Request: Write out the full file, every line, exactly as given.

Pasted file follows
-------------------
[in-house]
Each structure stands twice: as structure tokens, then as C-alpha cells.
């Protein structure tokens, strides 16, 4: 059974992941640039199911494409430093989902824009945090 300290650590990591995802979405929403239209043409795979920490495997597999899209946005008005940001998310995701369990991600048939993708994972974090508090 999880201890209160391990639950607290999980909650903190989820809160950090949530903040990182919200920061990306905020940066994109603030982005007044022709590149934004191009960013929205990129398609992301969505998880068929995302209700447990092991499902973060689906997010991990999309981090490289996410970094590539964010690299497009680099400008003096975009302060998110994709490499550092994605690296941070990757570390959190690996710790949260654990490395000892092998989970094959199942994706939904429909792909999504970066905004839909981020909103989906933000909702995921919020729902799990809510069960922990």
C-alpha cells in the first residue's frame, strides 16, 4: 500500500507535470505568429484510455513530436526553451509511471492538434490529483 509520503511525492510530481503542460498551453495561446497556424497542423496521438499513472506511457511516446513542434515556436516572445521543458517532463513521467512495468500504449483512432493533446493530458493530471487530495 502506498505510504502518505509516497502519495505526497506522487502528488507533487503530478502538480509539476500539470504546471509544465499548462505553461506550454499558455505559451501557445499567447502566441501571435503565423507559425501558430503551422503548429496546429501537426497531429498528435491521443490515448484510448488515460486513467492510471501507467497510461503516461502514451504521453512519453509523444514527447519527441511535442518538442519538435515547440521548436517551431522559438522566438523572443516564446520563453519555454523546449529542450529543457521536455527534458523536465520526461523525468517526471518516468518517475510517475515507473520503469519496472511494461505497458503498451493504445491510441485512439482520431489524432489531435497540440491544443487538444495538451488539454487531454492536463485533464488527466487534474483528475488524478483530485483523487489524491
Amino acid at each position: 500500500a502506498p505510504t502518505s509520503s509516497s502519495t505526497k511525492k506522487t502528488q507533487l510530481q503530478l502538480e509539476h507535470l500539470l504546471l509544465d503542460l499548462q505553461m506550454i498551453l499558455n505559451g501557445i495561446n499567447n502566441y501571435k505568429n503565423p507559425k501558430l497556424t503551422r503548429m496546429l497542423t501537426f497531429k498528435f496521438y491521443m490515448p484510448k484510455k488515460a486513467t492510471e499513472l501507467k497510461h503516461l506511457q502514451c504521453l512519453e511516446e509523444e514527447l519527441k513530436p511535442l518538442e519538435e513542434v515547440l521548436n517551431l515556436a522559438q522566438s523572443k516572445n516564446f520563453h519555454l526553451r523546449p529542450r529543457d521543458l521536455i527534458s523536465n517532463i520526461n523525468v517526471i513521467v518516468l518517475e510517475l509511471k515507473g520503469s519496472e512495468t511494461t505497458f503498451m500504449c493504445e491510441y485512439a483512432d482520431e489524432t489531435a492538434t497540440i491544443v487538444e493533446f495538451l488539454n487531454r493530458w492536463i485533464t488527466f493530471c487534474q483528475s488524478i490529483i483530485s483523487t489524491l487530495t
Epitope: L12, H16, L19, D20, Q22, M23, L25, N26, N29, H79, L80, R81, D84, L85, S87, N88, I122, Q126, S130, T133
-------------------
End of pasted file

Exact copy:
[in-house]
Each structure stands twice: as structure tokens, then as C-alpha cells.
């Protein structure tokens, strides 16, 4: 059974992941640039199911494409430093989902824009945090 300290650590990591995802979405929403239209043409795979920490495997597999899209946005008005940001998310995701369990991600048939993708994972974090508090 999880201890209160391990639950607290999980909650903190989820809160950090949530903040990182919200920061990306905020940066994109603030982005007044022709590149934004191009960013929205990129398609992301969505998880068929995302209700447990092991499902973060689906997010991990999309981090490289996410970094590539964010690299497009680099400008003096975009302060998110994709490499550092994605690296941070990757570390959190690996710790949260654990490395000892092998989970094959199942994706939904429909792909999504970066905004839909981020909103989906933000909702995921919020729902799990809510069960922990």
C-alpha cells in the first residue's frame, strides 16, 4: 500500500507535470505568429484510455513530436526553451509511471492538434490529483 509520503511525492510530481503542460498551453495561446497556424497542423496521438499513472506511457511516446513542434515556436516572445521543458517532463513521467512495468500504449483512432493533446493530458493530471487530495 502506498505510504502518505509516497502519495505526497506522487502528488507533487503530478502538480509539476500539470504546471509544465499548462505553461506550454499558455505559451501557445499567447502566441501571435503565423507559425501558430503551422503548429496546429501537426497531429498528435491521443490515448484510448488515460486513467492510471501507467497510461503516461502514451504521453512519453509523444514527447519527441511535442518538442519538435515547440521548436517551431522559438522566438523572443516564446520563453519555454523546449529542450529543457521536455527534458523536465520526461523525468517526471518516468518517475510517475515507473520503469519496472511494461505497458503498451493504445491510441485512439482520431489524432489531435497540440491544443487538444495538451488539454487531454492536463485533464488527466487534474483528475488524478483530485483523487489524491
Amino acid at each position: 500500500a502506498p505510504t502518505s509520503s509516497s502519495t505526497k511525492k506522487t502528488q507533487l510530481q503530478l502538480e509539476h507535470l500539470l504546471l509544465d503542460l499548462q505553461m506550454i498551453l499558455n505559451g501557445i495561446n499567447n502566441y501571435k505568429n503565423p507559425k501558430l497556424t503551422r503548429m496546429l497542423t501537426f497531429k498528435f496521438y491521443m490515448p484510448k484510455k488515460a486513467t492510471e499513472l501507467k497510461h503516461l506511457q502514451c504521453l512519453e511516446e509523444e514527447l519527441k513530436p511535442l518538442e519538435e513542434v515547440l521548436n517551431l515556436a522559438q522566438s523572443k516572445n516564446f520563453h519555454l526553451r523546449p529542450r529543457d521543458l521536455i527534458s523536465n517532463i520526461n523525468v517526471i513521467v518516468l518517475e510517475l509511471k515507473g520503469s519496472e512495468t511494461t505497458f503498451m500504449c493504445e491510441y485512439a483512432d482520431e489524432t489531435a492538434t497540440i491544443v487538444e493533446f495538451l488539454n487531454r493530458w492536463i485533464t488527466f493530471c487534474q483528475s488524478i490529483i483530485s483523487t489524491l487530495t
Epitope: L12, H16, L19, D20, Q22, M23, L25, N26, N29, H79, L80, R81, D84, L85, S87, N88, I122, Q126, S130, T133